It was later agreed that the only people who seem to want more horses these days are racing secretaries.

Jockey agent Richard Grunder wasn’t talking about Favre or a trip to Phoenix. He was disappointed that there is no Hall of Fame induction at Canterbury this meet.

Grunder was expressing his opinion Wednesday and calling for the induction of jockey Derek Bell, who has won six riding titles at Canterbury Park since 2000.

“He belonged in there last year and if he doesn’t make it pretty soon, then the Hall of Fame is a joke,” Grunder said.

Bell used Grunder to hustle mounts for him until this meet, when he abruptly and without explanation switched to Chad Anderson.

Although Grunder was mystified and hurt by the move, he obviously put it aside as he made his appeal on Bell’s behalf Wednesday morning.

“It doesn’t matter what happened between us,” Grunder said. “He belongs in the Hall of Fame, no ifs, ands or buts about it.”


New owners, potential owners or anyone with questions on the subject, or simply interested in talking to horsemen, are invited to a Meet and Greet arrangement Saturday, immediately following the races in the U Betcha Bar.

HBPA executive director Patrice Underwood was requesting Wednesday that horsemen interested in attending the get-together let her know in advance.

The meeting will give anyone interested in horse racing an opportunity to discuss the details and ramifications of horse ownership.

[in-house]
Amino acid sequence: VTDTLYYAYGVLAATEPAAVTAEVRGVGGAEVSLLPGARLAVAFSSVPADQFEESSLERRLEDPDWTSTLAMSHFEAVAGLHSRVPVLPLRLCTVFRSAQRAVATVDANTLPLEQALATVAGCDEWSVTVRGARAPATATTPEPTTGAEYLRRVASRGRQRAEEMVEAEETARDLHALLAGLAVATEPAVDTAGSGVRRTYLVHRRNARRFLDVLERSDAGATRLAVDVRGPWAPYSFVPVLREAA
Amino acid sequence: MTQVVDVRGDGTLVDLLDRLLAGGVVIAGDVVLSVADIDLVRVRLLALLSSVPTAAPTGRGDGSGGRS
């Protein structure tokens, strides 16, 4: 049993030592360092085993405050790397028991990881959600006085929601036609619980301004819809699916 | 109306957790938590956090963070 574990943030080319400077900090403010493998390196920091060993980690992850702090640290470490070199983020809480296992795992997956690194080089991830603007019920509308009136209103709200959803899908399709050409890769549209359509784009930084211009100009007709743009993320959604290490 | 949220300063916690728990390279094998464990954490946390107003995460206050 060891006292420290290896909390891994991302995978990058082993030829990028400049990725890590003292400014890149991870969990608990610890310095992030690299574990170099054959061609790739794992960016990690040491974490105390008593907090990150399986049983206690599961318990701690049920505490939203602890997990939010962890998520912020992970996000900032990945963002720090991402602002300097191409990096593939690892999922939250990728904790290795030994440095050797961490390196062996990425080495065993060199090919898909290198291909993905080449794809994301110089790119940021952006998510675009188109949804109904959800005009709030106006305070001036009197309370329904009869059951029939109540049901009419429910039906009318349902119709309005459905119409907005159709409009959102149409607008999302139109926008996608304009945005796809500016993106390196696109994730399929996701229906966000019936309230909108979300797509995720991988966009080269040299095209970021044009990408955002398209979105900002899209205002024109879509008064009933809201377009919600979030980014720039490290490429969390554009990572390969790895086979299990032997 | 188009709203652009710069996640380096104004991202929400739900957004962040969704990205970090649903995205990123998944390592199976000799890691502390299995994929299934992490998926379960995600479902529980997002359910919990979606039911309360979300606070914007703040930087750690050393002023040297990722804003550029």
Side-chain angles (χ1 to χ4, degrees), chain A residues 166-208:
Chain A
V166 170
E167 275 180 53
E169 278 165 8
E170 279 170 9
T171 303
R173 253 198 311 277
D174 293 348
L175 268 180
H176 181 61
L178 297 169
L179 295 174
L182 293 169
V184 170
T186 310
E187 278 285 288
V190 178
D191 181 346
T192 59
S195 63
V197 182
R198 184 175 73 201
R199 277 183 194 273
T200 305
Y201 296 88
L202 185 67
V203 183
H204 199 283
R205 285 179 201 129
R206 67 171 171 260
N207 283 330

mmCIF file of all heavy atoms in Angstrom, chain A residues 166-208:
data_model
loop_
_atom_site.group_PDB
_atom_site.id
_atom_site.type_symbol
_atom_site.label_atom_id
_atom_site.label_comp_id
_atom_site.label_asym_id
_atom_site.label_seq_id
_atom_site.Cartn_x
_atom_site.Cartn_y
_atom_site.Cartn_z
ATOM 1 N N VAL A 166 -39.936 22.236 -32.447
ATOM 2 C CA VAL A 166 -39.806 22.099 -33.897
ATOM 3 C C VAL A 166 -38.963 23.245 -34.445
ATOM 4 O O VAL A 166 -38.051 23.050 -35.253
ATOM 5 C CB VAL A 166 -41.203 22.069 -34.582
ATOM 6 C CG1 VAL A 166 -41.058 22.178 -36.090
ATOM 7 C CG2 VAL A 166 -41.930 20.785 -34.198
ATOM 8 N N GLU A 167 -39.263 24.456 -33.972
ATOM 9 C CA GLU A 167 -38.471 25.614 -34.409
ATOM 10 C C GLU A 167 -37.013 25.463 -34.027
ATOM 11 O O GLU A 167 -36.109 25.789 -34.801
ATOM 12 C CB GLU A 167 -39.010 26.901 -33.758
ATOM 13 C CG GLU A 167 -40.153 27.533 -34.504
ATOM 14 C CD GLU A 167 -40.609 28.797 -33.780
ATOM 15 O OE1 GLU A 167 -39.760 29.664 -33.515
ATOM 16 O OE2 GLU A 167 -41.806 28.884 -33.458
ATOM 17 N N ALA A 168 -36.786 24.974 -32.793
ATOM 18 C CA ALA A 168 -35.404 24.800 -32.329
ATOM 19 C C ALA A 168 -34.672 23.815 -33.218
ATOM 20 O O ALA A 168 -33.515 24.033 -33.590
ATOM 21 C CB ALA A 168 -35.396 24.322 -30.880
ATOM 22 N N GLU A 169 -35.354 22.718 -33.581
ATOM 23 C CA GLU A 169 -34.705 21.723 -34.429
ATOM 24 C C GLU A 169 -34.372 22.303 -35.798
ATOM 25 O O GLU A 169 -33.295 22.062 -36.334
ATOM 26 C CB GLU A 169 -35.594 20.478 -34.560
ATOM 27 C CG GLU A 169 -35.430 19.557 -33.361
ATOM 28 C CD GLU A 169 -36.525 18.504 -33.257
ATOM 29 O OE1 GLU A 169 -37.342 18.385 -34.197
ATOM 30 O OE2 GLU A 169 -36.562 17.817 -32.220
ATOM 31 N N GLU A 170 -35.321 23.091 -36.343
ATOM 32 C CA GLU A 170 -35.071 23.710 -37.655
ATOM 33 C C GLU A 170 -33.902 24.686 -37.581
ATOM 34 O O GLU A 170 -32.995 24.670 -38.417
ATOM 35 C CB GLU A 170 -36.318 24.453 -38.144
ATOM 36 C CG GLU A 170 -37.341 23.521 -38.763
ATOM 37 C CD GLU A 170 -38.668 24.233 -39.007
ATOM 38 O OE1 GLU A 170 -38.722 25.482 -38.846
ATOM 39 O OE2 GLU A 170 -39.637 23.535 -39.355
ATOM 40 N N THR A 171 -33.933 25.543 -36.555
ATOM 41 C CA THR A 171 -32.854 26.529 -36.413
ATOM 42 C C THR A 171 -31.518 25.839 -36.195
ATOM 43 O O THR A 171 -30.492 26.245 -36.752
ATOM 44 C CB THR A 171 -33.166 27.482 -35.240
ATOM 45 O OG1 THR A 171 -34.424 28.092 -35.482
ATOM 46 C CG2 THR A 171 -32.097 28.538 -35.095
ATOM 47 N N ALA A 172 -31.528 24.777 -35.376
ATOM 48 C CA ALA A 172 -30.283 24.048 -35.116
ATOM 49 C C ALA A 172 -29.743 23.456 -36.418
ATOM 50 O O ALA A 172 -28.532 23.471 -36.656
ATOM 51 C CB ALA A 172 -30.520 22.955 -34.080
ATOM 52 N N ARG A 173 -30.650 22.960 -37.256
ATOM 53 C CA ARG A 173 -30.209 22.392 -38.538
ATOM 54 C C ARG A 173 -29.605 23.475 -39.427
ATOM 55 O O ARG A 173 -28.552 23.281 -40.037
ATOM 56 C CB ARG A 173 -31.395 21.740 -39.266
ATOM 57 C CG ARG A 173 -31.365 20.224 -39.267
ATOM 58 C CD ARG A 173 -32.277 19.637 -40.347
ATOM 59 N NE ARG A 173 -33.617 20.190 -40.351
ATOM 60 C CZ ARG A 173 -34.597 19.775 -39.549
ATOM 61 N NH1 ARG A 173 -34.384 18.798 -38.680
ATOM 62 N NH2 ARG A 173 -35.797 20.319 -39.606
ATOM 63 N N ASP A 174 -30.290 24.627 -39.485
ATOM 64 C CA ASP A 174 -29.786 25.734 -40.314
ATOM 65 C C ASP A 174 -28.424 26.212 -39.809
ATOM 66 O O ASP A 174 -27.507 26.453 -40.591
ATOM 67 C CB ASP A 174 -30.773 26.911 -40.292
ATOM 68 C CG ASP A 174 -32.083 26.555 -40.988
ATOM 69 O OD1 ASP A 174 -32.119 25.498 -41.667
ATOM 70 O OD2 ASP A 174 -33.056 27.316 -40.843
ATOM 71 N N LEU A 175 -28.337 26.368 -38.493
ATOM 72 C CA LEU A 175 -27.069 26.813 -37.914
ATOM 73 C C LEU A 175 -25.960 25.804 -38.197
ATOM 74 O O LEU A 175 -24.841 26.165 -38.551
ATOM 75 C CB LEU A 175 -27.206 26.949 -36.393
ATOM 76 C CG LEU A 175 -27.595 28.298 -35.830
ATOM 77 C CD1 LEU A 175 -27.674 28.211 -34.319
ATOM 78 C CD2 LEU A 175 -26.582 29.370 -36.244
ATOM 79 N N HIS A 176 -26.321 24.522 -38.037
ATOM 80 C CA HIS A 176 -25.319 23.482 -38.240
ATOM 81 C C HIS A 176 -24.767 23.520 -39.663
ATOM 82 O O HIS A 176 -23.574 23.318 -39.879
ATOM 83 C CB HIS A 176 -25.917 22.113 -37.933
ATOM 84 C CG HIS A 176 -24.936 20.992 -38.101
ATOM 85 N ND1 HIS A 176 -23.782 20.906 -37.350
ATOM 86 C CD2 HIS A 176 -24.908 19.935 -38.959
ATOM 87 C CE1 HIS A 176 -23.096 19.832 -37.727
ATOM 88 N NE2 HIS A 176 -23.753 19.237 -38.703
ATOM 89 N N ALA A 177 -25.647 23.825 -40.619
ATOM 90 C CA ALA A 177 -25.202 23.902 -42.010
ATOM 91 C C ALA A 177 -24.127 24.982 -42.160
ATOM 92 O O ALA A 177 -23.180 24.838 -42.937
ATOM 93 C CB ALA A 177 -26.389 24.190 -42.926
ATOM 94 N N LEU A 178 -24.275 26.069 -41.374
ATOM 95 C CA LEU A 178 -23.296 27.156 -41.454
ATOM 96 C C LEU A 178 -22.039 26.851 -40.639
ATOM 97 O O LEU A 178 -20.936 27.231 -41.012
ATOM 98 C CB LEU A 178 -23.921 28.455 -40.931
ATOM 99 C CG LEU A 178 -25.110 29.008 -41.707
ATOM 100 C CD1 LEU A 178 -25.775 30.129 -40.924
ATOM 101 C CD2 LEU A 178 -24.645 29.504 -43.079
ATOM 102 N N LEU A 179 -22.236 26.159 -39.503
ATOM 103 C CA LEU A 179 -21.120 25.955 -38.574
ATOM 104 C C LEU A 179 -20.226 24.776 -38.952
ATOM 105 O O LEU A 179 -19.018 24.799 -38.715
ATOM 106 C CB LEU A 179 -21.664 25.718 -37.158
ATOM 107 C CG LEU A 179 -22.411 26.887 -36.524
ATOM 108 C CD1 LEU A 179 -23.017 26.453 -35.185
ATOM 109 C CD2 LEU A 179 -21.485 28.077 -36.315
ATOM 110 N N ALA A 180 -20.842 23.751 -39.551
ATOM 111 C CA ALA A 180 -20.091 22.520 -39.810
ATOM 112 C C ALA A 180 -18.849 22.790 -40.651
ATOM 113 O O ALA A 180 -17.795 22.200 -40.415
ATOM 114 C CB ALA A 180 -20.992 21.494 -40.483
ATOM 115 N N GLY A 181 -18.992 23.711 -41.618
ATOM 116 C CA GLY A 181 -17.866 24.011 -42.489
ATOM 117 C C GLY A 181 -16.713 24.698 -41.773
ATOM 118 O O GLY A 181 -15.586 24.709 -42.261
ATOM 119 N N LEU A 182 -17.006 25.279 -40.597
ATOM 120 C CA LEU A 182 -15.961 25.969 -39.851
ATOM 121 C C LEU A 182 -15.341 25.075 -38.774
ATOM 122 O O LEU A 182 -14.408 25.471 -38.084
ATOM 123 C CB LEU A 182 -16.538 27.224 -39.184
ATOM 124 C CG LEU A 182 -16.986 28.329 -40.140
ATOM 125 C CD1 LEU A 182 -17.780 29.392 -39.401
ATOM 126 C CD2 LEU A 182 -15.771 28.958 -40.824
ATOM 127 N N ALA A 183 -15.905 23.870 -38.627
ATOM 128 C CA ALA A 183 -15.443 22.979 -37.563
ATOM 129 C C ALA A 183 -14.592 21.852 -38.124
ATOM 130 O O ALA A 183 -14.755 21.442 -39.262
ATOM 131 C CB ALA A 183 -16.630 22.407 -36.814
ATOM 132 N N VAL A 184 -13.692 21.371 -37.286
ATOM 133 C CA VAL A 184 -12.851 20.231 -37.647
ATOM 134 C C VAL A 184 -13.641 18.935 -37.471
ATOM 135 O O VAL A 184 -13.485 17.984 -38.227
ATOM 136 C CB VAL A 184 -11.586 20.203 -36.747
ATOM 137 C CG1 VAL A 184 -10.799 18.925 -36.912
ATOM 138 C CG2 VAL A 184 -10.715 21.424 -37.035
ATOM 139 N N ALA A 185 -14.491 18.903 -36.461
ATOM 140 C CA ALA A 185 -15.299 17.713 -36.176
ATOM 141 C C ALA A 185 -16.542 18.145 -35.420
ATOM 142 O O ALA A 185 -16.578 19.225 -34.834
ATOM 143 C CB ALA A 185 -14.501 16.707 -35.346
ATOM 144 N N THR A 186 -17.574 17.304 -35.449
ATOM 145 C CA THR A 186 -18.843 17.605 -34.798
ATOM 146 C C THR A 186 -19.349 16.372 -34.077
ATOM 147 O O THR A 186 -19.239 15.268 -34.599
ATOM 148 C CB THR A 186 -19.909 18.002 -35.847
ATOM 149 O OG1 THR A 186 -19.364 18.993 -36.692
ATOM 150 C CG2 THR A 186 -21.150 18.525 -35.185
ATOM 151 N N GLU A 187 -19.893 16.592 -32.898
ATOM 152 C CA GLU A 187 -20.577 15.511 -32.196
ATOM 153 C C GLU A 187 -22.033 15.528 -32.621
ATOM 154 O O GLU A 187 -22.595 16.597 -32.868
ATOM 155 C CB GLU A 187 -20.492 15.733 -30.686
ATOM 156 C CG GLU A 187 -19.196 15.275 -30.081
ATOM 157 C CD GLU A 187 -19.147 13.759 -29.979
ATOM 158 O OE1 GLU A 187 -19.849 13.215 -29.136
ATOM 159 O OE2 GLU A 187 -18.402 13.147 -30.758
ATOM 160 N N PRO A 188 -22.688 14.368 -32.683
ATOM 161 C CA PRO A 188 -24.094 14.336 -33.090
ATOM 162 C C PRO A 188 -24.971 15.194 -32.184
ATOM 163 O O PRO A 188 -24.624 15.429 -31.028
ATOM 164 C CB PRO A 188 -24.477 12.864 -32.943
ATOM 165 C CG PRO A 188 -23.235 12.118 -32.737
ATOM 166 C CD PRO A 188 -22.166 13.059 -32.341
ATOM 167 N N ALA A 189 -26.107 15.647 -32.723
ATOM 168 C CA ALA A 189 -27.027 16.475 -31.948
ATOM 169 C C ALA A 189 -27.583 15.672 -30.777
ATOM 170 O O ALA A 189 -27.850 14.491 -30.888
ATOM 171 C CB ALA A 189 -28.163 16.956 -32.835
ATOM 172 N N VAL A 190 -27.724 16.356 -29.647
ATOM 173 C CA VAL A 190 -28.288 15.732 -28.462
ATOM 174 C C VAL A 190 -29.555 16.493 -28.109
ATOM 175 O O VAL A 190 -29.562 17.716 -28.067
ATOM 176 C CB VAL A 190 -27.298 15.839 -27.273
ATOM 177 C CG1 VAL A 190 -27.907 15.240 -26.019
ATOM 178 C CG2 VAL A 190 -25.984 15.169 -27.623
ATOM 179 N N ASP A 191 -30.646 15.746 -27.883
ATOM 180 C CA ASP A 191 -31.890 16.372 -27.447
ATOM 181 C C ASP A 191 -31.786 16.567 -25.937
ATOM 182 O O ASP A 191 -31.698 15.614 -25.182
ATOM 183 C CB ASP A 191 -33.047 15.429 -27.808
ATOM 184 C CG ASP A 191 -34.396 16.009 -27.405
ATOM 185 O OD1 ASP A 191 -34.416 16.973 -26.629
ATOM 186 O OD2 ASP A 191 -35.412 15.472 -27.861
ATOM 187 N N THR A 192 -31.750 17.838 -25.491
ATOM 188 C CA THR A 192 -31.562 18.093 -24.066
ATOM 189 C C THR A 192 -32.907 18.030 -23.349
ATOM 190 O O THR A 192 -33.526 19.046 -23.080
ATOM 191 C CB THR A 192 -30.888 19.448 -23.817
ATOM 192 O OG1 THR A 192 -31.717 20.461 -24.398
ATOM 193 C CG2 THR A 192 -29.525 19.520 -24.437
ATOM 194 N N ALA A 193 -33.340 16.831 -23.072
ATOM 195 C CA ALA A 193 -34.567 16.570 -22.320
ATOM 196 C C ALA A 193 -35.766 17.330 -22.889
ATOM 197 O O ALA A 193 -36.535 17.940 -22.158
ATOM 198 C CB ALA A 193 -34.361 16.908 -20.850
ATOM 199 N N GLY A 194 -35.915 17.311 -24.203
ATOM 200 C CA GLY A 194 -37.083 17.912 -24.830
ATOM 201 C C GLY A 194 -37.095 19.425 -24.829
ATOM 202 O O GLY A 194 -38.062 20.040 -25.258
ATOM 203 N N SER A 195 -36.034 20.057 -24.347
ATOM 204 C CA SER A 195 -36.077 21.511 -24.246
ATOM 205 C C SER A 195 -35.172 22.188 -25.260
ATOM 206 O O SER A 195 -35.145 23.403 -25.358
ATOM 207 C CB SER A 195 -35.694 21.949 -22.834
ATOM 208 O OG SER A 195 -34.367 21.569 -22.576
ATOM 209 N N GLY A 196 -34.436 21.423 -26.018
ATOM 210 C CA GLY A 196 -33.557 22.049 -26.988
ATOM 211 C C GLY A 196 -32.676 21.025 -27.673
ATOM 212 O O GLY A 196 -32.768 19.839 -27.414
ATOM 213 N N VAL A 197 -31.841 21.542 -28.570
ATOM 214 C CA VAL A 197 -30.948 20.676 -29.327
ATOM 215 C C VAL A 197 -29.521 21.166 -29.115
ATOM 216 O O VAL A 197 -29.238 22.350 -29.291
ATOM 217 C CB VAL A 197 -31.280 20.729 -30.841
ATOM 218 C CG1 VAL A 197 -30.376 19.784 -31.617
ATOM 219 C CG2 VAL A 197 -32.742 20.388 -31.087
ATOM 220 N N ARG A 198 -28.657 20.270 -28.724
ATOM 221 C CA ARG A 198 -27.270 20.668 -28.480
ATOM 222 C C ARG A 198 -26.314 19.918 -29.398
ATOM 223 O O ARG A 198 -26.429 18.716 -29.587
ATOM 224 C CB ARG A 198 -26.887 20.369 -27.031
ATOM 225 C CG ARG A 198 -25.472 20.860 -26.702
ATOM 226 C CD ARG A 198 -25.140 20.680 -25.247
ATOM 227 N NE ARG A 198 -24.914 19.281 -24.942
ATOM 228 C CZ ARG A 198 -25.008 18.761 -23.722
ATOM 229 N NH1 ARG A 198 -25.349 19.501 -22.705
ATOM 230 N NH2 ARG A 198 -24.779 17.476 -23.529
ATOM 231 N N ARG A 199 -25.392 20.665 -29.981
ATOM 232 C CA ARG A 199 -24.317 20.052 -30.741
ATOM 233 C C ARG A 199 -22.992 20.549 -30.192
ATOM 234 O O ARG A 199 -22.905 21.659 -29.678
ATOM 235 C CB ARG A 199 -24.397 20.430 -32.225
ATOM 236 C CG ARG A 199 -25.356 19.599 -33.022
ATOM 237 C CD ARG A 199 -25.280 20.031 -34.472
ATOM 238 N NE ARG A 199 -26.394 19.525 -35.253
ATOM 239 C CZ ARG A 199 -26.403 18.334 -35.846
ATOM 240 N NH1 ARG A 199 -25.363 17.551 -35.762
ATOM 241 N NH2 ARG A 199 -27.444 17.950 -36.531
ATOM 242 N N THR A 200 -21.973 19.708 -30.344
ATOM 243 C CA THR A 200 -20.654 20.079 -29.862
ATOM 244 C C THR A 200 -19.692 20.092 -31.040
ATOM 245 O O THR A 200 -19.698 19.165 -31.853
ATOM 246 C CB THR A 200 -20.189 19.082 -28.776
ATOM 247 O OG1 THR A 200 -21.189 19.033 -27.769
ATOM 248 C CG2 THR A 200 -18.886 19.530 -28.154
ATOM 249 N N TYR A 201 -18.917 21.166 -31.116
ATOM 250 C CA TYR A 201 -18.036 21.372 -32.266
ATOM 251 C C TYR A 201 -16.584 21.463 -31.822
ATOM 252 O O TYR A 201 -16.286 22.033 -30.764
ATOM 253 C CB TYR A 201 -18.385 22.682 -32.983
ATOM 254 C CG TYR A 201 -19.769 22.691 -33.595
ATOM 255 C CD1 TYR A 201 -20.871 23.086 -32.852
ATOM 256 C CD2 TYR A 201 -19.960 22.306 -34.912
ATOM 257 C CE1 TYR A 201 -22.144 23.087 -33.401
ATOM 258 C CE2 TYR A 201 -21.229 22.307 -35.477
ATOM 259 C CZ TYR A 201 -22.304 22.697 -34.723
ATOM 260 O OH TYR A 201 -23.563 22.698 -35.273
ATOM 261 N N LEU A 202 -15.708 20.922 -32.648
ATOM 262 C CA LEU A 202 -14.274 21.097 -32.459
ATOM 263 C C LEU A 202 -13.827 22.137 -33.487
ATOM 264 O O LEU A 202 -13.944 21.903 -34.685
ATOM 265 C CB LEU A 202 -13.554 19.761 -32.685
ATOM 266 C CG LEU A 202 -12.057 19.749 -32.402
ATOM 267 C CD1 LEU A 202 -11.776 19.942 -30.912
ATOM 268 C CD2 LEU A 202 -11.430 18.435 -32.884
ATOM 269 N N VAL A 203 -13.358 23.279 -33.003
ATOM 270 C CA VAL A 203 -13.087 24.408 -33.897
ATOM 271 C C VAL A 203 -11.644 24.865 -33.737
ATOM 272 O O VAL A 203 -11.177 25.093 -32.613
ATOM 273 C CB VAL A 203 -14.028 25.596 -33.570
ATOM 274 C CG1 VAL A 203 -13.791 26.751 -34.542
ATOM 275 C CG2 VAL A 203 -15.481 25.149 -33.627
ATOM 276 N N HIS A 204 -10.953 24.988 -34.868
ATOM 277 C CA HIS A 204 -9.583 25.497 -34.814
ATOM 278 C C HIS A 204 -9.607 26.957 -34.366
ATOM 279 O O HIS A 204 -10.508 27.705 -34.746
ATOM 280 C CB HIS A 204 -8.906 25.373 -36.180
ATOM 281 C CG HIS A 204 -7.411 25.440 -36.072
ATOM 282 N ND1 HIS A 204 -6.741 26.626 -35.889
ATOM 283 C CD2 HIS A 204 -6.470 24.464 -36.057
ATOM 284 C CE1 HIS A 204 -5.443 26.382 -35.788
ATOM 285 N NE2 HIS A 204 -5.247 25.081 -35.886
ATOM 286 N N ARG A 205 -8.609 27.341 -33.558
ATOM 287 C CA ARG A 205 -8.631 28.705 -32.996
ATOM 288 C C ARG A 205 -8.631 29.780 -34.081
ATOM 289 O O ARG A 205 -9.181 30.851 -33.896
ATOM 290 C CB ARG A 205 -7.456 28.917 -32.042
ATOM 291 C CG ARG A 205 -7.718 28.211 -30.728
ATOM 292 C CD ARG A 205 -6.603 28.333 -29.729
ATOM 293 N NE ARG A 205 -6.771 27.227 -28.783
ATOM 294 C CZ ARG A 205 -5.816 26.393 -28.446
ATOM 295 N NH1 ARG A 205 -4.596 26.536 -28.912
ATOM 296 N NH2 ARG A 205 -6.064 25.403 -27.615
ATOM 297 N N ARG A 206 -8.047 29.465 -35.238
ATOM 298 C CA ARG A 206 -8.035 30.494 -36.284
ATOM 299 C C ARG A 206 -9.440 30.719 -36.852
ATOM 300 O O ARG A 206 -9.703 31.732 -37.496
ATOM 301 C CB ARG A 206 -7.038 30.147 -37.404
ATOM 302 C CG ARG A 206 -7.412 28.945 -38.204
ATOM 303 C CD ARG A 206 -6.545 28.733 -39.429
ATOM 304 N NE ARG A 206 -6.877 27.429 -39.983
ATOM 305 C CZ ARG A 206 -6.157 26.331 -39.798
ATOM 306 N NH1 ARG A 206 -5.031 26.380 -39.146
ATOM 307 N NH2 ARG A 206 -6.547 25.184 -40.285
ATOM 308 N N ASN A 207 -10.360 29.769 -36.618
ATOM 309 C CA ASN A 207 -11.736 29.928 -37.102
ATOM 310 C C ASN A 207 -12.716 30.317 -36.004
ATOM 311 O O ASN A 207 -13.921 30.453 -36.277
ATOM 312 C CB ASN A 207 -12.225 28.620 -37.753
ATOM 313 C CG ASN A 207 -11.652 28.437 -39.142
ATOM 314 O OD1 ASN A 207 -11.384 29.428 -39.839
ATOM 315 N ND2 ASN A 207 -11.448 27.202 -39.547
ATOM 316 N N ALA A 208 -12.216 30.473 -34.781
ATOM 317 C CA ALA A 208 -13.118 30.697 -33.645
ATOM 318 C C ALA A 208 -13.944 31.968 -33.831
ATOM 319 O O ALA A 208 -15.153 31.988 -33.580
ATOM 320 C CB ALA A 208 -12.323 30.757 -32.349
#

Stall superintendent Mark Stancato took advantage of Enterprise’s great weekend specials for several years, before prices eventually went up and the plan continued to lose appeal.

“They had a $9.99 a day special that I took advantage of for four or five years _ every weekend,” he said.

Stancato recently became a Hertz man and picked up a Kia for a weekend trip to Michigan’s Upper Peninsula.

“I had never been to the U.P. before,” he said.

Stancato left about 1:30 p.m. on Sunday after finishing the morning line odds for Friday’s card and drove to Escanaba on Lake Michigan, stopping for dinner at an Irish pub in Menomonie, Wis.

Upon arriving at his hotel in Escanaba, he immediately inquired about a good restaurant and was directed to the Stone House.

Having already eaten, he waited until the next day to try it out.

“I had one of the best pieces of walleye I’ve ever had,” he said..
There was another side to the meal that he found every bit as appealing for a couple of reasons.
Stancato enjoys white wine and was told that, yes indeed, the Stone House did handle one of his favorites _ a Rombauer chardonnay.
“It was $40,” he said, still a bit amazed. A bottle of that particular bubbly is usually $75 to $90 whenever he and his mother order it other places.
Good fish, good wine. But now back to reality.
“I can’t drink for the next couple of days,” he said ruefully on Wednesday. “I have to have my cholesterol checked on Friday.”